Did you know that statins pose a threat to health? Nevertheless, tens of millions of Americans are taking them. Although statins are known for successfully lowering cholesterol, they are found to contribute to numerous side effects. One of them is hindering the production of CoQ10.
Coenzyme Q10 or CoQ10 is created by your liver in the same pathway that cholesterol is created. CoQ10 is also known as “ubiquinone,” as it is ubiquitous in the body.
Upon taking statins, the production of both cholesterol and CoQ10 is blocked. CoQ10 depletion is associated with a number of adverse health effects.
The Route You Can Take to Lower Cholesterol AND Avoid CoQ10 Depletion
The depletion of CoQ10 is not the only problem you may have from taking cholesterol-lowering drugs; you just might be setting the stage for poor health with long-term use of statins.
There are many ways to optimize your cholesterol levels without affecting your CoQ10 production. Natural methods of lowering cholesterol yield to better results. Many of these are simple changes you can incorporate to your lifestyle:
- Reducing (and eventually eliminating) sugar and grains from your diet.
- Eating more heart-healthy foods – Examples of these are coconut oil and olive oil, raw nuts and seeds, avocados, grass-fed meats, and raw organic dairy.
- Consuming a good portion of your food raw
- Exercising regularly – Make sure you include high-intensity exercises in your fitness regimen.
- Avoiding smoking and excessive alcohol intake
- Addressing emotional problems, as this is linked to your physical wellbeing
A Recommended Companion to Statin Drugs
According to natural health experts, it is not necessary to take cholesterol-lowering drugs provided that your levels are 330 and above. People diagnosed with these levels are often those who have a hereditary condition.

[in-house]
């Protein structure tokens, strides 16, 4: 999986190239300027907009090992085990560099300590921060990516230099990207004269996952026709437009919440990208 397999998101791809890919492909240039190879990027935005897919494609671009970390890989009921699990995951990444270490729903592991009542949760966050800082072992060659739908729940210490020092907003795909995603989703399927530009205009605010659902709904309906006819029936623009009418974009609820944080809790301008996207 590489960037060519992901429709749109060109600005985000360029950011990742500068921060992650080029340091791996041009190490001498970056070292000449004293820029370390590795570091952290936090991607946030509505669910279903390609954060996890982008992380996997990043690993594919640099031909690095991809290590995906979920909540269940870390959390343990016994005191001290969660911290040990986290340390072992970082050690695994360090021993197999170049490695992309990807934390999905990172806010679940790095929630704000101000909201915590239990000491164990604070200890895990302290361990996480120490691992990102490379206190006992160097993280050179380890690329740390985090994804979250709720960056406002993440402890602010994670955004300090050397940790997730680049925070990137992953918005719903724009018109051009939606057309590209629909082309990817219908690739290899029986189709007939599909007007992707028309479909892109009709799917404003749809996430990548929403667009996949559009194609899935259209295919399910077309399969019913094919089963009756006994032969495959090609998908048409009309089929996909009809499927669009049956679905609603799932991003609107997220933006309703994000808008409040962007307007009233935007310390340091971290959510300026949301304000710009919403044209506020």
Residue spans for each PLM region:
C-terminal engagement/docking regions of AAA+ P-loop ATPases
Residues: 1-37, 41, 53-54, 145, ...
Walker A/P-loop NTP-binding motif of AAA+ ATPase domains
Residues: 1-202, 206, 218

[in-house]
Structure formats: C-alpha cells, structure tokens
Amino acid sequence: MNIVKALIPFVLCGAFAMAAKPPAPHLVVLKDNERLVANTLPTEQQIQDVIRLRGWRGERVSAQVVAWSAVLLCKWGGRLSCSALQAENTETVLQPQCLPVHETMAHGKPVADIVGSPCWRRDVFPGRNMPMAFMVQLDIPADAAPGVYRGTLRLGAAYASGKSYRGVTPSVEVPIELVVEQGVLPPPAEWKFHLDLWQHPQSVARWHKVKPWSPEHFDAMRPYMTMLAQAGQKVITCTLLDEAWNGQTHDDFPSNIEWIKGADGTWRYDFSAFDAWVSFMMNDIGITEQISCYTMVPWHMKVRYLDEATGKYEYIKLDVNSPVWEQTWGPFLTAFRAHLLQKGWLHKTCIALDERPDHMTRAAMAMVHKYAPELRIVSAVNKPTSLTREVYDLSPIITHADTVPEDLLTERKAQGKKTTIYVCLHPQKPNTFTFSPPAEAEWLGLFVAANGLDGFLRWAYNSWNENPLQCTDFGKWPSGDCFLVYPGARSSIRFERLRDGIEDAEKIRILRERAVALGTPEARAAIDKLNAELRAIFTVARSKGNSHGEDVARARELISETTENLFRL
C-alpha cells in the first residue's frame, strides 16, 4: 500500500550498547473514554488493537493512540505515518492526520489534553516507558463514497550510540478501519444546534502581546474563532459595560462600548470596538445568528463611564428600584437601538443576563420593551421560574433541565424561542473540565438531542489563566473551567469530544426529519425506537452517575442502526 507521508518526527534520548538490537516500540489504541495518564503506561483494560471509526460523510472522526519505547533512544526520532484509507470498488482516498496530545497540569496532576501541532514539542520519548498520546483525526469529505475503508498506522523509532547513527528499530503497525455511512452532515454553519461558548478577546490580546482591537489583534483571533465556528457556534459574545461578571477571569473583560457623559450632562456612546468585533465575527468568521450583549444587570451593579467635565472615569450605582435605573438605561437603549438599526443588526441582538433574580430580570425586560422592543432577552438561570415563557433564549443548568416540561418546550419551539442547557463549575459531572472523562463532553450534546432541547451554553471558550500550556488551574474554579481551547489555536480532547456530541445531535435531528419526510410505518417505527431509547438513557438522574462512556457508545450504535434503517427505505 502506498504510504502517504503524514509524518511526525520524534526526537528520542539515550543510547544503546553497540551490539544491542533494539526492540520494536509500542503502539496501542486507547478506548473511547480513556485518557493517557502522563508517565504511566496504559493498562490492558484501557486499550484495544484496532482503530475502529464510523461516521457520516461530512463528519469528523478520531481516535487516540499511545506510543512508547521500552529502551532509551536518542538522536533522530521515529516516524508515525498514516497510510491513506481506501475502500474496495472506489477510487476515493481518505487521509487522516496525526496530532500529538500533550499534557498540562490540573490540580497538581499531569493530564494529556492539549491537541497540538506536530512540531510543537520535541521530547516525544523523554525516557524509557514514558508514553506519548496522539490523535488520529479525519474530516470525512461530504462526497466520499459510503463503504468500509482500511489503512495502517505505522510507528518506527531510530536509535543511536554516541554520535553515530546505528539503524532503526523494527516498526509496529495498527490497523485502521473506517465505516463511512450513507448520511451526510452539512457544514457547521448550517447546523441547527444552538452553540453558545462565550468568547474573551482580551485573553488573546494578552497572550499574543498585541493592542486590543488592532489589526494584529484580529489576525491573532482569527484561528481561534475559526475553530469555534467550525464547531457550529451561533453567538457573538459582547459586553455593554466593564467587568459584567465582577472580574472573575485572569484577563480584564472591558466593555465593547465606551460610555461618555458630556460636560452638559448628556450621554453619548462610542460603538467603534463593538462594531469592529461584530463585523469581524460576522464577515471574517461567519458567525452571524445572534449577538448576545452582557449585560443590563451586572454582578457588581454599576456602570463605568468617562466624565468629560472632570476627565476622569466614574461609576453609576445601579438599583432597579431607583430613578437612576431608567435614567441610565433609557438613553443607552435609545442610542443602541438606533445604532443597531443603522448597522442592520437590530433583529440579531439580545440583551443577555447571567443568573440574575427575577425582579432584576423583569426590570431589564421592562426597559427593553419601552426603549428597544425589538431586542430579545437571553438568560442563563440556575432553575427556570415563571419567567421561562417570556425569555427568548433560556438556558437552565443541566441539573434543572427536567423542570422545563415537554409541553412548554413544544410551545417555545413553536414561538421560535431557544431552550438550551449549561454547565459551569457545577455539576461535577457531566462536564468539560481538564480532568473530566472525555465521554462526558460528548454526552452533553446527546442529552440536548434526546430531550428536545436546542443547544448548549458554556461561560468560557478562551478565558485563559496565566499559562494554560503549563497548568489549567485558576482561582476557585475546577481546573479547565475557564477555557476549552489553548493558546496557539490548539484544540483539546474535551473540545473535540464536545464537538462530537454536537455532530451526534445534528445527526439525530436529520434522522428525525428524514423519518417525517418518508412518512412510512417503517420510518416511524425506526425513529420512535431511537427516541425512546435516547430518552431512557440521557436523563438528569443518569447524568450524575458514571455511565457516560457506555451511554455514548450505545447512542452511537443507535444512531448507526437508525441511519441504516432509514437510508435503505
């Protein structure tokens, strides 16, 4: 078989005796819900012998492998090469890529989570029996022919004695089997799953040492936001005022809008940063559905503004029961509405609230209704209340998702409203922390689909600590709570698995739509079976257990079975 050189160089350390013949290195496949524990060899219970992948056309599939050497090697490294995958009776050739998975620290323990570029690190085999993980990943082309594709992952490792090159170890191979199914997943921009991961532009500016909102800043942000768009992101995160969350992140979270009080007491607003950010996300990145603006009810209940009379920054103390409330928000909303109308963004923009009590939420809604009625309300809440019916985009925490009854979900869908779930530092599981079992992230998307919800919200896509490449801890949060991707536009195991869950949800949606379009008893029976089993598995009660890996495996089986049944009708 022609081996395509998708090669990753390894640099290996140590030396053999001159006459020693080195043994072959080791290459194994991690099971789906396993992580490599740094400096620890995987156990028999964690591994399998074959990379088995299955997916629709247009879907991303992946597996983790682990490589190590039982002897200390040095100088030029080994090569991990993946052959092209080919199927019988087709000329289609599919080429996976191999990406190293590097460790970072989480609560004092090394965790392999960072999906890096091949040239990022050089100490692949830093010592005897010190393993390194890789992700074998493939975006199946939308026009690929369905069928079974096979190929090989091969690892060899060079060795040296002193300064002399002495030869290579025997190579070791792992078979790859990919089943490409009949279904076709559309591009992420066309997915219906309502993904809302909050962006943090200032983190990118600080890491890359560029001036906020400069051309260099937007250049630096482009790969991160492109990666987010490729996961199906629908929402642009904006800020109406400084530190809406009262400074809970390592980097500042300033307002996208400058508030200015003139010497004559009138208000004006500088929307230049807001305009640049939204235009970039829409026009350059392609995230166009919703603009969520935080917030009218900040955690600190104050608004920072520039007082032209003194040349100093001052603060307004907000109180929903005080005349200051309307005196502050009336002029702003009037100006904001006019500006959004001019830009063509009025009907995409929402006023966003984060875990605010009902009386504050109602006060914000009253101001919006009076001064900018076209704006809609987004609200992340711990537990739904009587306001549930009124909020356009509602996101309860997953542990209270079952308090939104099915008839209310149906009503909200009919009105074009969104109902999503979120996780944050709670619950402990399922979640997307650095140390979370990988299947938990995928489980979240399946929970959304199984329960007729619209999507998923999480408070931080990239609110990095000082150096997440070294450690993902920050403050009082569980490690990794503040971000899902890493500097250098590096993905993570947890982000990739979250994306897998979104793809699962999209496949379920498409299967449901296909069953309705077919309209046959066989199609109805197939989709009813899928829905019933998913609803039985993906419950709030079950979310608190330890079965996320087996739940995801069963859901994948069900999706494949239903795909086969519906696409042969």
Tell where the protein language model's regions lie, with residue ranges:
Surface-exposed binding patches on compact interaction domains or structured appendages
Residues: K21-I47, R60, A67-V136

If you are taking statins or know someone who is, it is recommended that you or that person take a high-quality CoQ10 supplement right away. Individuals under 25 should take a CoQ10 supplement, while those over 25 should take ubiquinol, the reduced form of the coenzyme.
It is unwise to pick just any kind of CoQ10 or ubiquinol supplement. Be strict with your criteria. For instance, the formula should be made with all-natural ingredients. Some products contain synthetic substances. At the same time, the supplement’s manufacturer should have reliable credentials. They should demonstrate proven practices, which are of the highest quality.
There are some people who find it hard to swallow pills. In fact, 40 percent of American adults experience this difficulty. Instead of forcing yourself with pills and capsules, you can opt for supplements in liquid form.
Ubiquinol: The Reduced Form of CoQ10
In order to receive full CoQ10 benefits, the co-enzyme must be converted into ubiquinol. If you’re below 25 years of age, your body will easily convert CoQ10 into its reduced form. When you’re older, your body may find difficulty in converting CoQ10 to ubiquinol. Apart from aging, other factors that affect the conversion process are:
- Deficiency of factors that are required for the conversion of CoQ10 to ubiquinol
- Oxidative damage
- Symptoms of diseases
- Changes in metabolic demand
- Lack of dietary sources of CoQ10 in the diet
Foods that contain CoQ10 include fish, organ meats (heart, kidney, and liver), and germs of whole grains. Although there are dietary source of CoQ10, the co-enzyme’s quantities in food are not well documented. This is why it is more advisable obtaining this co-enzyme or ubiquinol from supplements. Fortunately, there are no known side effects of CoQ10 or ubiquinol supplementation.
In summary, you should avoid statins, unless your cholesterol levels are very high. You should instead adhere to natural methods of lowering cholesterol. This way, you do not put your CoQ10 production, as well as your overall health, at risk.